It’s my wife is the ultimate delegator. She loves to delegate and loves to outsource. And I could not be more opposite. I think that there is nothing on the planet that I cannot train myself or learn myself to do, and I don’t need to outsource anything. And so between her being on one end of the extreme and me being on the opposite end of this extreme, we’re in an amazing marriage.
We know that compromise is the way to work. Well, not really compromise, but Happy wife is happy life. That’s the way it really works. But, you know, one thing I’ve really learned from her is, you know, if it’s not worth my time, I need to delegate that because I can only do one thing at a time.
00:06:25:17 – 00:07:08:28
I think that’s quite the difference between estrogen and testosterone. They think more efficiently than we do because I battle with this with my wife often. There are things I think I can do. And she says to me, Please remember, you’re 70 years old, but you think like a 25 year old. All right, I think I can do it.
And if I run into an obstacle, I won’t go to bed that night until I complete that task. Whether it’s putting something together, it’s honey, Leave it and come back in the morning. No, I’ve got to finish it today. All right, So how do you maximize and prioritize your tasks for your maximum daily efficiency?
00:07:09:00 – 00:08:28:03
Dr. James Suliburk
Yeah. So things that are going to require a lot of thoughts and a lot of creativity. So what I would call the real the truth, the deep work I do those in the morning, I’m a morning person. I like to get up, I like to get my run in at 5:00 in the morning. If I’m not running, I’m going through a high intensity interval cardio session.
But I’m an early riser and early workout. That starts the day. And I’m not saying everybody’s got to get up at 5:00 in the morning. Certainly, you know, figure out what your optimal morning wake time is, get some exercise in, get some sunlight in to start the day, and then block your schedule and set out the times where the most important critical things that need to get done that require you to be all in and fully committed at your peak, optimal alertness, your peak mental capacity.
Get those times blocked for the morning. I know that starting in the afternoon I start to fade, especially after lunch. So as I’ve gotten older through the years, I’m, you know, I’m about to turn 50. And as I’ve gotten older through the years, I’ve modified my diet so I don’t have a big lunch anymore. I do a late morning snack and an early afternoon snack, and that helps me to be better in the afternoons.
But I also save mundane tasks, mundane work to be done in the afternoons.
00:08:28:10 – 00:08:42:20
Do you think your best at the morning comes from you as a surgeon and having that training and having to get up early to be in the O.R. earlier in the morning versus other people that don’t have that surgical schedule?
00:08:42:20 – 00:11:19:25
Dr. James Suliburk
Yeah, I think so. I think in this world there are lots of different archetypes of productivity, and it’s really based on what your personal circadian rhythm is. There are plenty of people who are night owls. In fact, one of my scientific collaborators from my day job, she is a notorious night owl and she is one of the most prolific, productive scientists in the entire world.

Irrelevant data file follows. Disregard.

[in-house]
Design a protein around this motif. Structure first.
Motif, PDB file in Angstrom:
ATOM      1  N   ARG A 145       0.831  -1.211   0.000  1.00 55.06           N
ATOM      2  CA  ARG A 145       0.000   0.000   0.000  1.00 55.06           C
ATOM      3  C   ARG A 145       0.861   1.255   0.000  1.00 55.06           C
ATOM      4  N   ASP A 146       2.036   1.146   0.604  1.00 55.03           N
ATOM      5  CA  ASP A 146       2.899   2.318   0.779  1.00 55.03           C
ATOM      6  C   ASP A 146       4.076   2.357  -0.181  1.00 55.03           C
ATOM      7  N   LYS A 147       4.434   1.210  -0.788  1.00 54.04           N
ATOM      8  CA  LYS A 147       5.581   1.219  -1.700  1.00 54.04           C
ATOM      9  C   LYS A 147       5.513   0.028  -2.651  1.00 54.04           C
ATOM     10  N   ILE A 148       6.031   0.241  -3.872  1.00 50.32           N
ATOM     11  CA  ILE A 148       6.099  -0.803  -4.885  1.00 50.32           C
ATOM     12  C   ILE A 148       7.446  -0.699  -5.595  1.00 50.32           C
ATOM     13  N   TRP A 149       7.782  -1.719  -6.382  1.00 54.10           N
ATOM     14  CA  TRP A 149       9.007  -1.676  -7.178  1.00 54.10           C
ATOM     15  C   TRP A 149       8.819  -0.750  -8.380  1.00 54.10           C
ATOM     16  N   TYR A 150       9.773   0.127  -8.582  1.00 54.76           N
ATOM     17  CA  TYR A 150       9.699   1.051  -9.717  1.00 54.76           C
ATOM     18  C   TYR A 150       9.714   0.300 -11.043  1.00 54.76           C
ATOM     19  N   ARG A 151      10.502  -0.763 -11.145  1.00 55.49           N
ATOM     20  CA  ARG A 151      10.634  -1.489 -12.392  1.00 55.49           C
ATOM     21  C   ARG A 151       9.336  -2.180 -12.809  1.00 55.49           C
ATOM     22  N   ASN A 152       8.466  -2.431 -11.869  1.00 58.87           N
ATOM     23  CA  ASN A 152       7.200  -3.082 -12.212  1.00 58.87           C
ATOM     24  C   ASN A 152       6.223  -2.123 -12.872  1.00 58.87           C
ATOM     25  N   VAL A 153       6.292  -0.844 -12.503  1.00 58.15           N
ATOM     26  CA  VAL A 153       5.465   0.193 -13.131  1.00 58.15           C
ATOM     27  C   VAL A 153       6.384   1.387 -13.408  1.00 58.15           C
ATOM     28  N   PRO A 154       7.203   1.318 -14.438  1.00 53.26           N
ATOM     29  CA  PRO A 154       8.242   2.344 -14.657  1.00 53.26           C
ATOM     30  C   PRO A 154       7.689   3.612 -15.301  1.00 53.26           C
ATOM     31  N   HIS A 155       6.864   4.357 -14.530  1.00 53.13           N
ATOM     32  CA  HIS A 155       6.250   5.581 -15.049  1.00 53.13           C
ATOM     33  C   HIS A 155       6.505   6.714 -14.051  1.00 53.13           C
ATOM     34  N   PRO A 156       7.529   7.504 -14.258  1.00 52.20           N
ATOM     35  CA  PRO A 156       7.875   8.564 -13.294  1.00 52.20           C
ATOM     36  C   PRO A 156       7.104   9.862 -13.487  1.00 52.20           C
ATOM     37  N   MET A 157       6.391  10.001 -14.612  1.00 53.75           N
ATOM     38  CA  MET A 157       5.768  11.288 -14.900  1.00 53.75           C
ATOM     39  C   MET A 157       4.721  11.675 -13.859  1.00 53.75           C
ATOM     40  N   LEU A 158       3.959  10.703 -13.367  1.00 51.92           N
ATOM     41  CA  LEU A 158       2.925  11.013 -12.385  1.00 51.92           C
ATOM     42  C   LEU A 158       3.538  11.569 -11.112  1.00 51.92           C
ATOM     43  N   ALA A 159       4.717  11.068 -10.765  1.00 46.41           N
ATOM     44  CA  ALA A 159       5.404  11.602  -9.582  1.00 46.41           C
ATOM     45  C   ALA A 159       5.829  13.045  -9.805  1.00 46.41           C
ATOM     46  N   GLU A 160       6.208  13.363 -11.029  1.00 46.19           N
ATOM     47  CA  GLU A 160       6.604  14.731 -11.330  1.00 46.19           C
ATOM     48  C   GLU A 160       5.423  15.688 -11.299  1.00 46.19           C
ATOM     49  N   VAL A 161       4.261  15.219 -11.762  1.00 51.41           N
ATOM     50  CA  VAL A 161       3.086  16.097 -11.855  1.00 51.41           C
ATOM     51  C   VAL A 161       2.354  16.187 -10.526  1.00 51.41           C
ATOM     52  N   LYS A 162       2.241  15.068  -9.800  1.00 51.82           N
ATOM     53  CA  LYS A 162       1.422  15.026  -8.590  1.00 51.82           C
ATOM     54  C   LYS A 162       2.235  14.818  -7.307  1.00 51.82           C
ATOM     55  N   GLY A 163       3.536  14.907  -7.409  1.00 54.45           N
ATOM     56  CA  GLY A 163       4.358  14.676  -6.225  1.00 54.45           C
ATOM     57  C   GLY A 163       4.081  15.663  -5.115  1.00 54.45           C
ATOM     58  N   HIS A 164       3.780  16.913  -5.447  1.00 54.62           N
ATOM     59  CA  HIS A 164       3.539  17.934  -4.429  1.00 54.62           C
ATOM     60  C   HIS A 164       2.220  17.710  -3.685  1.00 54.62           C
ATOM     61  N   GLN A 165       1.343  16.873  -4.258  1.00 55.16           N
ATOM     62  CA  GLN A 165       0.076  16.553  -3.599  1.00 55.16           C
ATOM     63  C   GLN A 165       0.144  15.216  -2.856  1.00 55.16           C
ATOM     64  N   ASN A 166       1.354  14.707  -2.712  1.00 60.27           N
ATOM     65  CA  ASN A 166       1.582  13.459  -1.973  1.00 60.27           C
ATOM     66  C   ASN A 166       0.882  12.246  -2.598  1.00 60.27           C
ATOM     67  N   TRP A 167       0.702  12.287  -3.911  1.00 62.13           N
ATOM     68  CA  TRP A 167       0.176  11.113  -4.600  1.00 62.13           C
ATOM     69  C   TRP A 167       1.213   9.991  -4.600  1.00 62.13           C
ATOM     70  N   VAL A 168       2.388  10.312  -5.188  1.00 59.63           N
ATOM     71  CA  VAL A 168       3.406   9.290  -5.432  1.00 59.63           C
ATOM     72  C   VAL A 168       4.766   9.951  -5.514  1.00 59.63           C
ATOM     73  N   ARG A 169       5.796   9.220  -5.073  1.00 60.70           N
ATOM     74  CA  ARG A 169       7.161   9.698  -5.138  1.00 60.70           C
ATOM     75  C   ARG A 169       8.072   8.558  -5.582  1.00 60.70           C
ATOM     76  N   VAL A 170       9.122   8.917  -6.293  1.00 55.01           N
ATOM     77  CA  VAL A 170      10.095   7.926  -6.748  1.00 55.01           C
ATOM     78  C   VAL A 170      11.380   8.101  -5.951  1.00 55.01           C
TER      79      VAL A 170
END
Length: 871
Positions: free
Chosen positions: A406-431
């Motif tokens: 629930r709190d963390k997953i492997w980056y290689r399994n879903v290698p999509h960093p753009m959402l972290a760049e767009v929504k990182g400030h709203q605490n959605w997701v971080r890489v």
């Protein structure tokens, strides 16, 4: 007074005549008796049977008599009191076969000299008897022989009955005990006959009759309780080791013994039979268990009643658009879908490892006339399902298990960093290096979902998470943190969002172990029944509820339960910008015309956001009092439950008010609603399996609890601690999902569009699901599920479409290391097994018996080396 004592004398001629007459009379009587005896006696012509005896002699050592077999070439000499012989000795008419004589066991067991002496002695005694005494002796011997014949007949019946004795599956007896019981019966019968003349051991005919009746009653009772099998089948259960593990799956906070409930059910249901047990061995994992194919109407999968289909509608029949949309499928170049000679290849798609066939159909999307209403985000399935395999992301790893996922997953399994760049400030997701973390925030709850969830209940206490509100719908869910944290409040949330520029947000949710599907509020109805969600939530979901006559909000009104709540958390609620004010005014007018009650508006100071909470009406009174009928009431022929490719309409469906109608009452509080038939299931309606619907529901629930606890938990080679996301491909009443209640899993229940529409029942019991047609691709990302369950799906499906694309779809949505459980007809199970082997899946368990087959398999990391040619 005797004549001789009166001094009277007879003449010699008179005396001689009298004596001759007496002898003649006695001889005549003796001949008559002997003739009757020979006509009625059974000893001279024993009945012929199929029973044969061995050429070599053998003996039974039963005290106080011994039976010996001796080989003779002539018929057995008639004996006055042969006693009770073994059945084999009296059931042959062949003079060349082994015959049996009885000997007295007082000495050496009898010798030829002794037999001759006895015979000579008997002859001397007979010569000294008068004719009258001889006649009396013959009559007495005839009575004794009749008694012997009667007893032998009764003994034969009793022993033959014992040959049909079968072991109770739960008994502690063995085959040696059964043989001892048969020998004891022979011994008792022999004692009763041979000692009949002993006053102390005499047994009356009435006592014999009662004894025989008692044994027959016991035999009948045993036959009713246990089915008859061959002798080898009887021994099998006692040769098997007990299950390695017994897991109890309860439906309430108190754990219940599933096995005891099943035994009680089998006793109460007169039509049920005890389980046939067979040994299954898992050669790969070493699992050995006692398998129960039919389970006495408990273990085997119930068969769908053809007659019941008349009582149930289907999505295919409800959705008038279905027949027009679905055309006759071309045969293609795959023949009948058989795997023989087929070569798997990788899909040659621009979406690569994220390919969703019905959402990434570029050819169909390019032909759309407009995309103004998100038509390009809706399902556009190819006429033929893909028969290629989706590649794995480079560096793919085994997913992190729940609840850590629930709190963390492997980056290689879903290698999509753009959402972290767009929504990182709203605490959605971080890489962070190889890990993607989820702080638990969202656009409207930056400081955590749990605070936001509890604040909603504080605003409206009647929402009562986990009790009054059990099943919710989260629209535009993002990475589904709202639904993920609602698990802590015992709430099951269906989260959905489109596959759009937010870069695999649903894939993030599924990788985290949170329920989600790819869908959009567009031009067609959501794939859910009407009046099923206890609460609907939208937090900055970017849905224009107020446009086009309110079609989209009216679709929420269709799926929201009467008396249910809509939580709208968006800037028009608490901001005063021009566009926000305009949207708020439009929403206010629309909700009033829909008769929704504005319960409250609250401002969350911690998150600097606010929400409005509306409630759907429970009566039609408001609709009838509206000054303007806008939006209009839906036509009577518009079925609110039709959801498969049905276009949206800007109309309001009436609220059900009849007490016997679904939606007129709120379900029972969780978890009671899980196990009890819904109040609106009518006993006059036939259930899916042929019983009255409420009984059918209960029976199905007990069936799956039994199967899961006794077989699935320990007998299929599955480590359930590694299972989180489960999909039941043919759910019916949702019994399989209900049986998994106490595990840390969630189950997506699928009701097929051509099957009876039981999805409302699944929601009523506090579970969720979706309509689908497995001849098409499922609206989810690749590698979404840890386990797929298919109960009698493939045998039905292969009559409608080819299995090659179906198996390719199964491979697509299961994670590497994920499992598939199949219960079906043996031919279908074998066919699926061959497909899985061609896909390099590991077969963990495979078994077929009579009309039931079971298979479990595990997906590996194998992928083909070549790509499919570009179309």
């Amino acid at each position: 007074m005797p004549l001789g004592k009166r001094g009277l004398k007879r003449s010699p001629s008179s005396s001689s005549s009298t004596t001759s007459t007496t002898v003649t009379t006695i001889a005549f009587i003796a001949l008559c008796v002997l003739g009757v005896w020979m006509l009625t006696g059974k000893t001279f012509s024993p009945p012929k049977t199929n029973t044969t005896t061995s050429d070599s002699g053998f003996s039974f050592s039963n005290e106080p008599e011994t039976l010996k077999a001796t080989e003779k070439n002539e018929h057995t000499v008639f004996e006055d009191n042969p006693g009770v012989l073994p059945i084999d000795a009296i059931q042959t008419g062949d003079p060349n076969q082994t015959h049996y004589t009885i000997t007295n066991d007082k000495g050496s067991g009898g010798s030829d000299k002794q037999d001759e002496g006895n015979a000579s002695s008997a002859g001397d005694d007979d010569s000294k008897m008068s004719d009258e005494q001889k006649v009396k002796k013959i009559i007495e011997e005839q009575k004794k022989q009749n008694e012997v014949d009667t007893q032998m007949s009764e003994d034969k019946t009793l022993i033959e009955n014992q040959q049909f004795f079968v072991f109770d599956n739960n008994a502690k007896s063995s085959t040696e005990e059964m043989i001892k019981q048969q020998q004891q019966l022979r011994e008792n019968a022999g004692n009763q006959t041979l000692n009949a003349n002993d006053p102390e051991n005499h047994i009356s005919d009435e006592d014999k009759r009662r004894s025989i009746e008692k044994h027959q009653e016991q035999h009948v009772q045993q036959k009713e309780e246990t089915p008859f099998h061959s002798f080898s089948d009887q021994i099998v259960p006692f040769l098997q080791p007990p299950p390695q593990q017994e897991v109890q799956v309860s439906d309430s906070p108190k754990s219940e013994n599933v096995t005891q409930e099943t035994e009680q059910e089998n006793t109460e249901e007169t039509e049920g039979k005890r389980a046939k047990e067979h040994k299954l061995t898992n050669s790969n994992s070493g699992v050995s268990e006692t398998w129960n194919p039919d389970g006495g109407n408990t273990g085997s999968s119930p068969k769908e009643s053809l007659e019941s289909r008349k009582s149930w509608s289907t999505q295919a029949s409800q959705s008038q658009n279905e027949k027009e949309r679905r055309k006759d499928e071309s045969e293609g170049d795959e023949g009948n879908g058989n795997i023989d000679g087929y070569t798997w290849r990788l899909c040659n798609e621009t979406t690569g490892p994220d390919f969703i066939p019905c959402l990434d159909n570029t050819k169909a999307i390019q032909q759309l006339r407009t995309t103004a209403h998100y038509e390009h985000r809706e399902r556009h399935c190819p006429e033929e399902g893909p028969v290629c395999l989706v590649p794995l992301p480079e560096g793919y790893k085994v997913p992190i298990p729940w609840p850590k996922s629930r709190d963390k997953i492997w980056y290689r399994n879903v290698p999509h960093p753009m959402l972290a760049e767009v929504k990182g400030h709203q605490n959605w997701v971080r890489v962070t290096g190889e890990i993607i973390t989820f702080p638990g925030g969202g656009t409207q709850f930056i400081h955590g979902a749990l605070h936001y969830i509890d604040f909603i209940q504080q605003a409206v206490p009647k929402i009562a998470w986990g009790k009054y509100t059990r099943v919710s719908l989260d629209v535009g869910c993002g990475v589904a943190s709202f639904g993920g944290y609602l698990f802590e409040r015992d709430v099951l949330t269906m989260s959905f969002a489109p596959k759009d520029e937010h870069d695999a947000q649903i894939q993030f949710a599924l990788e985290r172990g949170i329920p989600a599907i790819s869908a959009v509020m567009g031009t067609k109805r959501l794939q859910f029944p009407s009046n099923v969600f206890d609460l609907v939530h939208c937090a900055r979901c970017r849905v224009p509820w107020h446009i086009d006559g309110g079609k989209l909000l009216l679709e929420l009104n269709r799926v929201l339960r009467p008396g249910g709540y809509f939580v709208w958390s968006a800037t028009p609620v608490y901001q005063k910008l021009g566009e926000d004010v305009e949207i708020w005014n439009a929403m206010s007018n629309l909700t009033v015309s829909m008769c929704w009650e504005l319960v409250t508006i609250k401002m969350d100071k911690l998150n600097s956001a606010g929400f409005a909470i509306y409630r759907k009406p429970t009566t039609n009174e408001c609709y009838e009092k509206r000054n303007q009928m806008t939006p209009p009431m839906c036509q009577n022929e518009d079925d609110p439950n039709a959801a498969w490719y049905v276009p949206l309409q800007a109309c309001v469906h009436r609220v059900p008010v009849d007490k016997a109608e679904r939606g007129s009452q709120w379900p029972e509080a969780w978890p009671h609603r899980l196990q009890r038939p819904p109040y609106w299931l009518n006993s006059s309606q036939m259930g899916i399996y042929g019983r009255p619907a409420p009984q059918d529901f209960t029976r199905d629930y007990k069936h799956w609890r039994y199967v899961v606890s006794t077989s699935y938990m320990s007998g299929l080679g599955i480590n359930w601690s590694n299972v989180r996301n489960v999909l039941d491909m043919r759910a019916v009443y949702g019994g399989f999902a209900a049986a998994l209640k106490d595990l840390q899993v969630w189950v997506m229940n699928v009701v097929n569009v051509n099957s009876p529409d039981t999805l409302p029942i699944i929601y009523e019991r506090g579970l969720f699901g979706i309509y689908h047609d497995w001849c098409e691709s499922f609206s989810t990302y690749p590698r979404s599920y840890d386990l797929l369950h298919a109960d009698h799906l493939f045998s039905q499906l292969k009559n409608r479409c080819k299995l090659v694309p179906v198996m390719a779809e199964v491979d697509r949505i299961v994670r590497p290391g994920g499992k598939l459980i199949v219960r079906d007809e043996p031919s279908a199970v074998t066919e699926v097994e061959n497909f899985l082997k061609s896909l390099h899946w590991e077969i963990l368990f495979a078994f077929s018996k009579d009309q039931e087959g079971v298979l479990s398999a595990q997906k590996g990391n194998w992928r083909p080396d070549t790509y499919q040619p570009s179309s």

And she is at her best into the late hours of the evening and at night. And I know that I’m not going to hear from her until nine or 10:00 in the morning. You know, my day is already I’m 4 hours into my day before I’m going to hear from her. But she knows when her productivity time is and I know when my productivity time is.
And so we manage to schedule check ins at times when we’re both going to be awake and alert. I think it does require a lot of introspection and this is serious introspection. Figure out when are you truly at your best and schedule your most difficult work for the times when you are at your best. The other thing I’ll say is I love people interaction.
And so my my clinic, I schedule my clinic in the afternoon because the interaction with my patients helps keep me going. I love talking about, you know, what’s going on in their lives, how we’ve helped them, their stories, their successes, their challenges. I love to have that personal interaction with our patients. So I love scheduling clinic for the afternoons.
But surgery, you’re right, surgery starts early and that’s absolutely the most demanding, mental part of my day are my OR days, because we have to be on. There is no substitute for being second best when it’s an OR day. And so we have a routine that we go through, just like a professional athlete has their routine that they go through the pre-game warm up.
They’re going to eat the right foods the night before. They’re going to get a good night’s sleep and they’re going to go through their game day routine. That’s how we prepare for surgery, too. So we have that block. I have that built into my weekly schedule in sort of the time blocking fashion where, you know, the administrative days.
I know what I’m doing, the clinic days, I know what I’m doing, the OR days, I know what I’m doing. And then I’ve got a couple of flex days that are built in there. And on those flex days, again, that’s where the serious work gets done in the morning. And Monday things. If I’m not seeing patients, that’s for the afternoon.
00:11:20:01 – 00:13:21:00